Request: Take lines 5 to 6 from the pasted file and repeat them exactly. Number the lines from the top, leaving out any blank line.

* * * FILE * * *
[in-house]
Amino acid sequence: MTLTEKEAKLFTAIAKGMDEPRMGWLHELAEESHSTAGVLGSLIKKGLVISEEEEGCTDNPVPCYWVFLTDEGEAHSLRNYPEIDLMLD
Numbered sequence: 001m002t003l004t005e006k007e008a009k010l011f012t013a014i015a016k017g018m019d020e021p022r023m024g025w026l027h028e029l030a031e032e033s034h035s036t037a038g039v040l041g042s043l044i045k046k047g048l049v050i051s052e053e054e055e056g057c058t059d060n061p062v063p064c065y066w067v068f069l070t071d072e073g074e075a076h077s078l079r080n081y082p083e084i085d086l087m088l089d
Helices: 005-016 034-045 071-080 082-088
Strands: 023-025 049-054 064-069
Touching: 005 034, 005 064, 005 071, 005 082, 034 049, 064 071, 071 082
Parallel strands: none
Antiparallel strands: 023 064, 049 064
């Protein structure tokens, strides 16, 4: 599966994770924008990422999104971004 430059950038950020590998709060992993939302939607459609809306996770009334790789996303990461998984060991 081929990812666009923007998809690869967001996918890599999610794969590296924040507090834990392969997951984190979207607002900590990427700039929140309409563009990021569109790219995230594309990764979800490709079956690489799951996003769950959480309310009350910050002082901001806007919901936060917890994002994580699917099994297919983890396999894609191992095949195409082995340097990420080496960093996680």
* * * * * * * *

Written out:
Strands: 023-025 049-054 064-069
Touching: 005 034, 005 064, 005 071, 005 082, 034 049, 064 071, 071 082